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Sid will stay the course with offensive gameplan

By Adam Kimelman - NHL.com Deputy Managing Editor

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Sid will stay the course with offensive gameplan
A lack of shots in Game 1 against the Senators will not force Sidney Crosby off his game.
PITTSBURGH -- Sidney Crosby went into the 2009-10 season with more of a shooter's mentality than he had previously in his career. The results were career-highs in goals (51) and shots (298).

But in Game 1 of the Penguins' Eastern Conference Quarterfinal series against the Ottawa Senators, Crosby had just two shots, both of which came in the final 6:17 of Wednesday's game, a 5-4 loss. Game 2 is Friday (7 p.m. ET, Versus, CBC, RDS).

It's not the first time the Senators have frustrated Crosby -- he had just 3 assists in four games against them in the regular season -- but with the intensity of the games ratcheted up, it was a decisive victory for Ottawa's defensive tandem of Anton Volchenkov and Chris Phillips.

"I think they just play good team defense, that's pretty much the key to any strong defense against anybody," Crosby said following Thursday's practice at Mellon Arena. "Playoff hockey is going to be tight whether you're playing Ottawa or anyone else. It's going to be tight, not a lot of chances. I don't see anything different."

Instead of being a goal-scorer, Crosby found better success as a playmaker, and he picked up assists on three of the Penguins' four goals in Wednesday's loss.

"If you watch the game, where would you thought I could have shot more?" Crosby asked. "That's the way it works. You got two guys on defense who are going to take away time and space and they don't want me to have the puck. That's something I have to deal with. But if they're doing that, then other guys are going to be open, and in most cases that's going to be the best option."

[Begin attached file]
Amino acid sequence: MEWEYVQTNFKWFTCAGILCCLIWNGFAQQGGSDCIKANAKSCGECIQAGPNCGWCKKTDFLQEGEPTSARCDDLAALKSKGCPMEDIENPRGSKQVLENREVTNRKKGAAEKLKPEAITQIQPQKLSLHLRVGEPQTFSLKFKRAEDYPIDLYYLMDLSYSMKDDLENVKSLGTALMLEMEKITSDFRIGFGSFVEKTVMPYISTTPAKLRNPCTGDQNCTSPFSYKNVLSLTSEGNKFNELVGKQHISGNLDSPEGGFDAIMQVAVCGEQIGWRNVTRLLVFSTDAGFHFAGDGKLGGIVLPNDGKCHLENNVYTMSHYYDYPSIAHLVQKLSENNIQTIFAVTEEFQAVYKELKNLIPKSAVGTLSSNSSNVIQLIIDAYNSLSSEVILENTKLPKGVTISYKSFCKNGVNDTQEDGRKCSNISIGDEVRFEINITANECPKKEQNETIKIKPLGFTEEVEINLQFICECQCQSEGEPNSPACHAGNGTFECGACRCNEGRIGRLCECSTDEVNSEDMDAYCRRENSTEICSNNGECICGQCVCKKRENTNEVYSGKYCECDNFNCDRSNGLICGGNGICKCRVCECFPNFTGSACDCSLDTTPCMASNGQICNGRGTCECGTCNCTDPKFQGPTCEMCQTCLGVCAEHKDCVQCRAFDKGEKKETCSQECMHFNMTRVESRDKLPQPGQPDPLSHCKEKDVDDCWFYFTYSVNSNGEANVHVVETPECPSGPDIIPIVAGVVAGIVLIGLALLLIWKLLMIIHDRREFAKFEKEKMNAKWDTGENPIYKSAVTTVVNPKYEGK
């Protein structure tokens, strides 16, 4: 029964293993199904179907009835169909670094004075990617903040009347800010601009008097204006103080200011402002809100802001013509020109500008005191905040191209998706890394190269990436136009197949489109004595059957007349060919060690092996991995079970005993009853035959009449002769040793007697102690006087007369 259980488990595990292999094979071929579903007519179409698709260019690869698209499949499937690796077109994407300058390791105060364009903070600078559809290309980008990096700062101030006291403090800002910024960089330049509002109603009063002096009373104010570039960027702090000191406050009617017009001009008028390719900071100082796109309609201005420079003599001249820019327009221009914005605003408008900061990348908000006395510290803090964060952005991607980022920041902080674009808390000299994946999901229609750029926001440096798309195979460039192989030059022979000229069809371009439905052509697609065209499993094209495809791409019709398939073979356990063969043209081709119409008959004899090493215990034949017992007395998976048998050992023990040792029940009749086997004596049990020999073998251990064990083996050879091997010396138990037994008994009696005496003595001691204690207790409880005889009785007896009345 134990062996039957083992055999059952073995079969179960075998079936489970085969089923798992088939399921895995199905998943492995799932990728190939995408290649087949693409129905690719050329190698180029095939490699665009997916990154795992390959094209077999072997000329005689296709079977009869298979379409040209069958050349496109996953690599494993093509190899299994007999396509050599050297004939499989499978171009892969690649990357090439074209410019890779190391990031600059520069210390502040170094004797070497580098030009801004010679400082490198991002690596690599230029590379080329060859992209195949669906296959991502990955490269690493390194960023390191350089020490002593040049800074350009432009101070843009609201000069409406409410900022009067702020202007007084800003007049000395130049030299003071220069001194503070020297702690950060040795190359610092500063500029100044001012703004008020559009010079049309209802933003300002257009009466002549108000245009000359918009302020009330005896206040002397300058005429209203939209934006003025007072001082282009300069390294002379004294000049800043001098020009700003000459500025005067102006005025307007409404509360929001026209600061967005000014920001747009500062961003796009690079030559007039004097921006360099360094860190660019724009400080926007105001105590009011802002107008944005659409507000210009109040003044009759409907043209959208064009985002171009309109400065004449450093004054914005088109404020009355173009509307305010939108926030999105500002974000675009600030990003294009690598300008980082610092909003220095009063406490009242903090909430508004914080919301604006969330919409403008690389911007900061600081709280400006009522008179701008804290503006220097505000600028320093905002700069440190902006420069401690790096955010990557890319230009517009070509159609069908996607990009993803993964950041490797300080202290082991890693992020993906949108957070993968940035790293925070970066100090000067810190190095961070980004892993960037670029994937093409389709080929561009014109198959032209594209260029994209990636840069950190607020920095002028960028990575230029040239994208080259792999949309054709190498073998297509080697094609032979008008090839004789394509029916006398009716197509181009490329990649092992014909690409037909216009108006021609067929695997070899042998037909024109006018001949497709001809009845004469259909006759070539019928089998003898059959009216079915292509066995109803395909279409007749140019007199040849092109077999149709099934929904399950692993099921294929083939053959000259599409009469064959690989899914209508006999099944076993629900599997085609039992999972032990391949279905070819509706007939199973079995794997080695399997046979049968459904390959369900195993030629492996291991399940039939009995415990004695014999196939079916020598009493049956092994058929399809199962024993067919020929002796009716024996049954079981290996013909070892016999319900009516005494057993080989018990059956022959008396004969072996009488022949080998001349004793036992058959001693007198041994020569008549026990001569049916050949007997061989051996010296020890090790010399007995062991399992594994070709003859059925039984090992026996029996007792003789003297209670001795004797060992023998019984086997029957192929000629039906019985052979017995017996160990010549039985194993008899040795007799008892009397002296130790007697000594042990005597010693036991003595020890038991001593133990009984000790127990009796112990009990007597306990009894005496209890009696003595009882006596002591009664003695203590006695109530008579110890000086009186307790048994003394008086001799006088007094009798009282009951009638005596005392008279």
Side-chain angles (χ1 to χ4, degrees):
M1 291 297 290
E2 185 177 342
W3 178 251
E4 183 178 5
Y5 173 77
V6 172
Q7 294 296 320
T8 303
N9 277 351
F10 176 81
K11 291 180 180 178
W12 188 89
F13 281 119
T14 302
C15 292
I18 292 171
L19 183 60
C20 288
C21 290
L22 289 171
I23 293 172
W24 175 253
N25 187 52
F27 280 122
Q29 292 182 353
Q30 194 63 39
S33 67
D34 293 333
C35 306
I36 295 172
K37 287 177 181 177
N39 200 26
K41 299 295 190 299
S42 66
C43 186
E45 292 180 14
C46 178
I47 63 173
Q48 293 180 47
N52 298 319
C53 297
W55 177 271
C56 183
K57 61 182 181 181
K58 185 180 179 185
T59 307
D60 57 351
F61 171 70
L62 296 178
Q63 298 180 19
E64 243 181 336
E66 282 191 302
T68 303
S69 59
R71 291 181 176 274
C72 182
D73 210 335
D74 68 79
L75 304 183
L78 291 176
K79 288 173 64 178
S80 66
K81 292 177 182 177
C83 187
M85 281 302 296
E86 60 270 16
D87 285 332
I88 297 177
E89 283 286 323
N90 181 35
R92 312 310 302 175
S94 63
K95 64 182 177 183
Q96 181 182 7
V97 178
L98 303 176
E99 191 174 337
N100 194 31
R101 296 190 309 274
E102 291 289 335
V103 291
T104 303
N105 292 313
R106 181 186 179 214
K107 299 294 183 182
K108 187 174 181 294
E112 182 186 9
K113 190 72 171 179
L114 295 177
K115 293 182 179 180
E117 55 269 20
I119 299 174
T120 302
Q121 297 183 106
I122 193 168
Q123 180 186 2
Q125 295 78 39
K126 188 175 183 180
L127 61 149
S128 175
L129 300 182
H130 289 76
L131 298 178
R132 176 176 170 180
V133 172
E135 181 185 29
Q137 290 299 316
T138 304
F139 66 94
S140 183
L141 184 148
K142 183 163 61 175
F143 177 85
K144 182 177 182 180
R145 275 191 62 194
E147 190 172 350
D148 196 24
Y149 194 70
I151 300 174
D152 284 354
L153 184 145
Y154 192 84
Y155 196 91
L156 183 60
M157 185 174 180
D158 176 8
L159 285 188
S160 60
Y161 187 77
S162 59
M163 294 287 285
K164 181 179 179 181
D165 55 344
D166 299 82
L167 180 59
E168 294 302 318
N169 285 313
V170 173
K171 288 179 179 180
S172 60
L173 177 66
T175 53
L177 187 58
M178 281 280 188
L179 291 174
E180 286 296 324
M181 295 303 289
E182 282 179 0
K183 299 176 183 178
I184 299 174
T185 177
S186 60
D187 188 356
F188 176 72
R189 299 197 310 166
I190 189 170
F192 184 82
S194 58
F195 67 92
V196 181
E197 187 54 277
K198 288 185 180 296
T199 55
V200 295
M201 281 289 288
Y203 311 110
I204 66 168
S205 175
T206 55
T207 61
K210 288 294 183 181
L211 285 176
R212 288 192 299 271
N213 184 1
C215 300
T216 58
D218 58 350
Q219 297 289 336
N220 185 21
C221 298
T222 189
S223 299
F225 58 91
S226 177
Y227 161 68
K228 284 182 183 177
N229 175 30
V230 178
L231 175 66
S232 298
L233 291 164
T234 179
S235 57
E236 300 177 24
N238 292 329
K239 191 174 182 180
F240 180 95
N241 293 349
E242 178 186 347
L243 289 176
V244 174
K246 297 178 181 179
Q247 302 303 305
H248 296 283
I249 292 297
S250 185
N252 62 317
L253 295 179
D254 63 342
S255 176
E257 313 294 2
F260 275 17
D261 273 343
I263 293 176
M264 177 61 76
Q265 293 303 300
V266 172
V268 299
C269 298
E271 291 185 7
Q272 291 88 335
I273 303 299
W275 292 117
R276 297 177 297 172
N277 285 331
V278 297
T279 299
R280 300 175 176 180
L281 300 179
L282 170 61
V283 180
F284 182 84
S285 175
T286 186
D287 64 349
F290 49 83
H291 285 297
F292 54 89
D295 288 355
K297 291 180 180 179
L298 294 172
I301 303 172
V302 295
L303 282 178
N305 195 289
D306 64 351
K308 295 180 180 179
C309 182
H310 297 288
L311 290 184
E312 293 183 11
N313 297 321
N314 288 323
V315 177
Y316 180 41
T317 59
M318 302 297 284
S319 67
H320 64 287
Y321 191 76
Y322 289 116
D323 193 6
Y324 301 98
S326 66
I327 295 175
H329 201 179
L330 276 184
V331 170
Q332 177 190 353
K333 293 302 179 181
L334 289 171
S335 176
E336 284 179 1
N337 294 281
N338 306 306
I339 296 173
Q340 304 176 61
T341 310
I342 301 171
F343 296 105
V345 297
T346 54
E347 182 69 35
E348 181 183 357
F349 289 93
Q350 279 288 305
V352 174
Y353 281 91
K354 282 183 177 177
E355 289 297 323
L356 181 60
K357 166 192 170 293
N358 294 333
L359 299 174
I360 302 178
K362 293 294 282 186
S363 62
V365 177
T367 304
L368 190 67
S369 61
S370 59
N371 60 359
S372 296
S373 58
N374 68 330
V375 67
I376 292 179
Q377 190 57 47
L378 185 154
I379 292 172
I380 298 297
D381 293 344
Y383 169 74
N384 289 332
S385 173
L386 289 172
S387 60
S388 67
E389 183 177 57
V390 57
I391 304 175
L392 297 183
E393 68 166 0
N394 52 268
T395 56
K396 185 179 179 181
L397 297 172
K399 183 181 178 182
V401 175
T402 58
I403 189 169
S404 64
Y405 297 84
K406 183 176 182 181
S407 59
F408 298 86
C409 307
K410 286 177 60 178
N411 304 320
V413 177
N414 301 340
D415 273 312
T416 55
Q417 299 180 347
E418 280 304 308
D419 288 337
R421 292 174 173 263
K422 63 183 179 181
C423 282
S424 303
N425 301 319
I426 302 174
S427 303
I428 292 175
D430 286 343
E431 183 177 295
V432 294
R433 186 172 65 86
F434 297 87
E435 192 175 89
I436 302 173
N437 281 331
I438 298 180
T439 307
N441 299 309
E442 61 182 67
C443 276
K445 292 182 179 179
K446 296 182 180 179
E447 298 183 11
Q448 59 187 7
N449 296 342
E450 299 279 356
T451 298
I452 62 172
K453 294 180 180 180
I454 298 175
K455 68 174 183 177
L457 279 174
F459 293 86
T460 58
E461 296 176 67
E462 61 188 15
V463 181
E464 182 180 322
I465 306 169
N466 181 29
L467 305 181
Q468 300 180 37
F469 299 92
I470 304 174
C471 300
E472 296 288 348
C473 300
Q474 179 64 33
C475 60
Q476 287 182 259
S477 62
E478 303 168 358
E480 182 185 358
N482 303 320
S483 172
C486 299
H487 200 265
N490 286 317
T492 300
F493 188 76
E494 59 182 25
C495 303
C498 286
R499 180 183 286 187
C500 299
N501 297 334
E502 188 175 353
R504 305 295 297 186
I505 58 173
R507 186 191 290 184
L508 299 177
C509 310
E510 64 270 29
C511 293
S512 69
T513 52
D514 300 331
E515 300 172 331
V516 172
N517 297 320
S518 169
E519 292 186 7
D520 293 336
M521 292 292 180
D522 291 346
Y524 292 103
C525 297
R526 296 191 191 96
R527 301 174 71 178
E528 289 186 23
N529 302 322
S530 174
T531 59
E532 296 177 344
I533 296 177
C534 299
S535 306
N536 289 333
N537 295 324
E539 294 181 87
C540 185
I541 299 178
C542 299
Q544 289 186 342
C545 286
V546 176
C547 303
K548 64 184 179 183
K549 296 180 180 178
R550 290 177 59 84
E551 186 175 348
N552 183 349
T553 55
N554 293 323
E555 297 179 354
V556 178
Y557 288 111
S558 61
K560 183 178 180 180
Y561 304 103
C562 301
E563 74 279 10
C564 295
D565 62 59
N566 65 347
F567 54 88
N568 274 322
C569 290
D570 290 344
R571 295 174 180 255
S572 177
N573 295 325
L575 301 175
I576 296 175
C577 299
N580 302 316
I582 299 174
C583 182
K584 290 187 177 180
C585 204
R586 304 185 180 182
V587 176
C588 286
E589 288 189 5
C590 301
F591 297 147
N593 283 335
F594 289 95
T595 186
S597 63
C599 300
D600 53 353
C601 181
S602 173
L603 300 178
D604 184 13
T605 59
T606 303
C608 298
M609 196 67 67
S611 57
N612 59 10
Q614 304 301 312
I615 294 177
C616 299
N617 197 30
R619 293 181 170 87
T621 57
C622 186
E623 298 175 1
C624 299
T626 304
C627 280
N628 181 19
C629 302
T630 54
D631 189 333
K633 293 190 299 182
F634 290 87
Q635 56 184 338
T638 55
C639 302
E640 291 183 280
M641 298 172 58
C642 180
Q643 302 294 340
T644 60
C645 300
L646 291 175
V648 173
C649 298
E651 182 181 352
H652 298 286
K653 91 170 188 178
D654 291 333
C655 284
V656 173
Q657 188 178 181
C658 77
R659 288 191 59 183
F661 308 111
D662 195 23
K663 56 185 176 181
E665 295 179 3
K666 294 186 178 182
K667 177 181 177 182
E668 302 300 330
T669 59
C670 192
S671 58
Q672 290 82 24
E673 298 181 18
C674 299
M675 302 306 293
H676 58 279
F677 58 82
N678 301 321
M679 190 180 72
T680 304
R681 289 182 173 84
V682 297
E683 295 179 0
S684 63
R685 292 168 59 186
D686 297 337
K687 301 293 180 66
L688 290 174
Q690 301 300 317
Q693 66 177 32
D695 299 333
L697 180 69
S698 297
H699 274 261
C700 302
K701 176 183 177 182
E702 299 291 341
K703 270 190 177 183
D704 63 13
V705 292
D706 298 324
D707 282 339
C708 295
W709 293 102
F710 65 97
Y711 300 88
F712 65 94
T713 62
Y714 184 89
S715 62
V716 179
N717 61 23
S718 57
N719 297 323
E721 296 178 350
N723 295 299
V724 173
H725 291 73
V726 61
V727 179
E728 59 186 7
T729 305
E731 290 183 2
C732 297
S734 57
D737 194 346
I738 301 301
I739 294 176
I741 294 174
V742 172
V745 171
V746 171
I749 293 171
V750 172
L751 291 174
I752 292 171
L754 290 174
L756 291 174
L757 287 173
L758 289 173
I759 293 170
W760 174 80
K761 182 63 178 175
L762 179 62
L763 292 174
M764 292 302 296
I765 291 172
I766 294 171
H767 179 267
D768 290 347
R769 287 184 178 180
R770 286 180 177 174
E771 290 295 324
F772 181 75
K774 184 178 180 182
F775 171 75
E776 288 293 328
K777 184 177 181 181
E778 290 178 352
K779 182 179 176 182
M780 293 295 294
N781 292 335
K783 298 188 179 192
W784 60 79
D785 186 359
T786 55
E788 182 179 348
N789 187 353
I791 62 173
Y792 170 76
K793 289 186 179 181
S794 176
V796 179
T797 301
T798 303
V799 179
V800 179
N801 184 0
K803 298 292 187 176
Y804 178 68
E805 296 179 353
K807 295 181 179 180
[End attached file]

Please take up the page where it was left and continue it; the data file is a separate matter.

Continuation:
But the Penguins didn't get to this point this season by Crosby being solely a playmaker -- they were 22-8-3 when he scored a goal.

"By no means am I going to pass up any shots if they give me that space," Crosby said. "Hopefully, I'm going to make them pay for giving me that time and space. That's just hockey. You can't shoot the puck if you're getting two guys in your face. And if they're not there, make sure I go on net."

Crosby said turning into an Alex Ovechkin-like gunner isn't an option.

"I'm not going to change anything," he said. "To say I'm going to start shooting needlessly just to shoot, that's not smart. You have to trust your instincts. One game doesn't mean you have to re-invent the wheel."

The Penguins only had 21 shots in Game 1, and a lot of that was due to poor play through the neutral zone, and not finding the net when they did have time and space to get shots off, as they missed 14 other shots. Crosby, however, is the offensive key for the Penguins, and said improved play in the offensive end will lead to more chances not just for him, but for everyone.

"It's pretty hard to shoot if you don't get the puck in the offensive zone," Crosby said. "We've got to do a better job of that."

Not having played the Senators since Jan. 28, there was a lack of familiarity with just how the Senators were going to play against him. Now that he's got one game under his belt, Crosby said there are changes he can make to his game to hopefully find more open ice.

"There're always adjustments that go on," he said. "Are they going to play perfect? No. I'm going to get my chances. When I do, I have to make the most of them. Last night we didn't get in the offensive zone enough, and in turn that takes away those opportunities to get the open ice. It's a matter of working together to create that space. They're going to give me time and space at some point, and hopefully I'm going to make the most of it."

Contact Adam Kimelman at akimelman@nhl.com
Quote of the Day

There was a lot of talk off the ice. From a player's standpoint, that's not the talk in the room. GMs make decisions, coaches make decisions, but as a team you have to come together and be ready to go, and we are.

— San Jose Sharks forward Tommy Wingels on his team's approach entering training camp